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New approaches to an old tradition: Jason Green and Derek Harding at Bannister Gallery


"Double Diamond" by Jason Green
When organizing this April’s exhibition at Bannister Galley, Bryan Steinberg, an associate professor of art at the College, was looking to break the mold concerning preconceptions about the art of ceramics, particularly its utilitarian side, its “vessel orientated” aspect as Steinberg described it.

“Ceramics is more than what happens on the potter’s wheel,” he noted.

Ceramic artists can use slipcasting, molding and even certain industrial techniques to create purely sculptural forms or architectural settings.

Steinberg’s preoccupations are not new; they have had recurrent manifestations in modern art. Gauguin, for instance, in the 1880s fashioned a vase that defied function – his “Double-Vase Decorated with a Breton Figure” could not hold a bouquet of flowers.

But he is just one of many who were attracted to the unique features of clay and who used it in their sculptural projects. The list includes Picasso, Noguchi, Miró and Lichtenstein, among others.

For Steinberg, tightening budgets and the fragile nature of ceramics, which makes them hard to transport, prompted him to look locally.

“I thought it would compromise the show,” he said, “but it didn’t affect quality at all. It’s a great show.”

The exhibition, which runs through April 23, features Jason Green and Derek Harding, who are both Rhode Island-based artists, but who also have had wider exposure.
Green, who teaches ceramics and sculpture at the Walnut Hill School, an arts high school in Natick, Mass., has exhibited throughout the U.S. and abroad and was a visiting artist at Jingdezhen Sanbao Ceramic Art Institute in China.

Harding is studio manager and moldmaker at Roseberry-Winn Pottery and Tile in Tiverton, and teaches at CCRI. He participated in a unique program for artists in Wisconsin, sponsored by Kohler Co., the well known manufacturer of kitchen and bath fixtures. The program brings in visual artists to work on their own projects in the company’s manufacturing facilities, allowing them to explore innovative techniques for studio ceramics.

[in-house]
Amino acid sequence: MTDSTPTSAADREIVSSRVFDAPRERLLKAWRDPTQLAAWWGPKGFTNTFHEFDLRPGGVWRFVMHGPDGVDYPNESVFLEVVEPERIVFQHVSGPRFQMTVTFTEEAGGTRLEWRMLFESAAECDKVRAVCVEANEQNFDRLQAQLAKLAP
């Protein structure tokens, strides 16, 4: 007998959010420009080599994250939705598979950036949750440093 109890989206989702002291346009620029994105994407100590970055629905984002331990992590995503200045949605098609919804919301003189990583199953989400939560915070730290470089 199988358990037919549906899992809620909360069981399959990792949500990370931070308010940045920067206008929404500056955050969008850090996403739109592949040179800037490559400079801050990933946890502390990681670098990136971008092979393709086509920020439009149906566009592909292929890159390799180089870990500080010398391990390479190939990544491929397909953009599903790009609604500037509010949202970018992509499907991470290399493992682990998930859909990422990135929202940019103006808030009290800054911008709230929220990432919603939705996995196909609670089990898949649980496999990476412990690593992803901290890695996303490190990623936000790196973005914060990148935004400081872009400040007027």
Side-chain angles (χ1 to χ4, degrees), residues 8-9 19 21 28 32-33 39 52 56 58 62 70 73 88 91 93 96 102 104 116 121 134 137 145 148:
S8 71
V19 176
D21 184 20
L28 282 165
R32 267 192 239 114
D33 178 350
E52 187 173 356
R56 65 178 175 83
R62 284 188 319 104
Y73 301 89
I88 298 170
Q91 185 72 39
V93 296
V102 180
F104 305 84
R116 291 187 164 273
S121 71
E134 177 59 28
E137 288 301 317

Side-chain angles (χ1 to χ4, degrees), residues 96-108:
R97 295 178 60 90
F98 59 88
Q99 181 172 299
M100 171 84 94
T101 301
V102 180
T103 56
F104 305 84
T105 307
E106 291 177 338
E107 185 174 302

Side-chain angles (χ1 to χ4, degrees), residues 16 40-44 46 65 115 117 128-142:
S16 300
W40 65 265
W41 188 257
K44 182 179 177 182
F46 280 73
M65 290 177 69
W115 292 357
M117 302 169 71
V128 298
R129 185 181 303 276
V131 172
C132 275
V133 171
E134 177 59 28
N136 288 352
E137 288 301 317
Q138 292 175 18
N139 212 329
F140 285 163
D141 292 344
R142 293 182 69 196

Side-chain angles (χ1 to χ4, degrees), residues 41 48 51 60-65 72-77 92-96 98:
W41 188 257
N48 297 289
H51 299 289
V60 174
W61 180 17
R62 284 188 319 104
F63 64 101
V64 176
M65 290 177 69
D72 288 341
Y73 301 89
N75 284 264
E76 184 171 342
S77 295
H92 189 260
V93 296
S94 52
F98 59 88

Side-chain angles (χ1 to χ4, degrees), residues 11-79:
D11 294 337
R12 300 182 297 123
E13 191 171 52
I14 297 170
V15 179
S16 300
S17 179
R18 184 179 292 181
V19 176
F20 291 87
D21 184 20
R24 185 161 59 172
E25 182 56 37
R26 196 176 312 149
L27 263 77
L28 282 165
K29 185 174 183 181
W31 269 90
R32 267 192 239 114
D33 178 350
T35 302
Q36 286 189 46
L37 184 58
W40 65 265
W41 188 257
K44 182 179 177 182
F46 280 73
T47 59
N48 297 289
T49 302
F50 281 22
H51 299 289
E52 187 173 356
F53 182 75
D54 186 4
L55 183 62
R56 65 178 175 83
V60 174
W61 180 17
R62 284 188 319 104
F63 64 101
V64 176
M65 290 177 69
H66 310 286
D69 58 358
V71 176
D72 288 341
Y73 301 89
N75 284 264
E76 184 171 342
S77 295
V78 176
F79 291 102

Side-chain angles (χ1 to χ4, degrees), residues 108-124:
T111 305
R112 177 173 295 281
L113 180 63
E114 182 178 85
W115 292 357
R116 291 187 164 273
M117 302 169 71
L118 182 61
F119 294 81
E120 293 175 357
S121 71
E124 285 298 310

By exhibiting these two artists together, Steinberg has formulated an interesting study in comparisons and contrasts.
Both use a casting process, which works by first sculpting a model from clay or wood, then making a plaster mold from that, and finally pouring in liquid clay or pressing in plastic clay. Once the piece has dried, it is bisqued and then glazed fired.

One of the most striking differences between the work of Green and Harding lies in their surfaces, and that depends on whether the clay is pressed or poured into the mold.

Green, who presses clay, arrives at a mottled surface, and Harding, who pours, comes up with a smooth surface, what one might think of as a “perfect” surface, which, according to Steinberg. “references sanitary ware – sinks, toilets, etc.”

Steinberg went on to mention that Green achieves “refinement in mottled surfaces,” particularly in his use of glazes to “activate” those surfaces and give them a feeling of “fluidity,” which can carry over into the forms Green favors. He often sculpts wave-like patterns that flow over those surfaces.

Green also works in a modular fashion, which is facilitated by the casting process, for this allows him to use the same piece in different ways or to build interlocking structures from one or two forms, although Steinberg mentioned that Green has used many more multiples, creating pieces with around 25 tiles or so.

“He’s very methodical,” Steinberg said of Green. He just keeps working. When you think of the tortoise and the hare, Jason is the tortoise.”

Moving even farther afield from the traditional vessel orientation of ceramics, Green has constructed both wall and floor installations within galleries and has done outdoor installations as well.


Ceramic work by Derek Harding
Like Green, Derek Harding finds inspiration in some non-traditional places as far as a ceramicist is concerned. But he uses his material in a different way.

In line with his experience at the Kohler factory, Harding prefers to explore industrial themes and techniques, but does this in an “ironic way,” according to Steinberg.

“Harding is attracted to such things as pipe fittings and sprinkler systems,” he remarked, “and he uses them in nonsensical ways. He embraces and has fun with industrial processes.

“Ironically Green’s studio is in an old brewery, and there are a lot of those things around.”

Steinberg added that Harding is developing a wall installation especially for the show. That could lead to an interesting development, especially since Green takes a different approach to that form.

In some ways, this exhibition could be like the ceramic process itself. You have to be ready for the unpredictable.

“Magic can happen in a kiln,” said Steinberg. “Alchemy is part of the process. But for something to come out good, it has to be good going in.”

Gallery hours during exhibits are Monday, Tuesday, Wednesday and Friday, 11 a.m. to 5 p.m., and Thursdays, noon to 9 p.m. Closed weekends and holidays. Exhibits and events are free and open to the public. Accessible to persons with disabilities. For information on event dates and exhibit opening receptions, check the website at www.ric.edu/Bannister or call (401) 456-9765.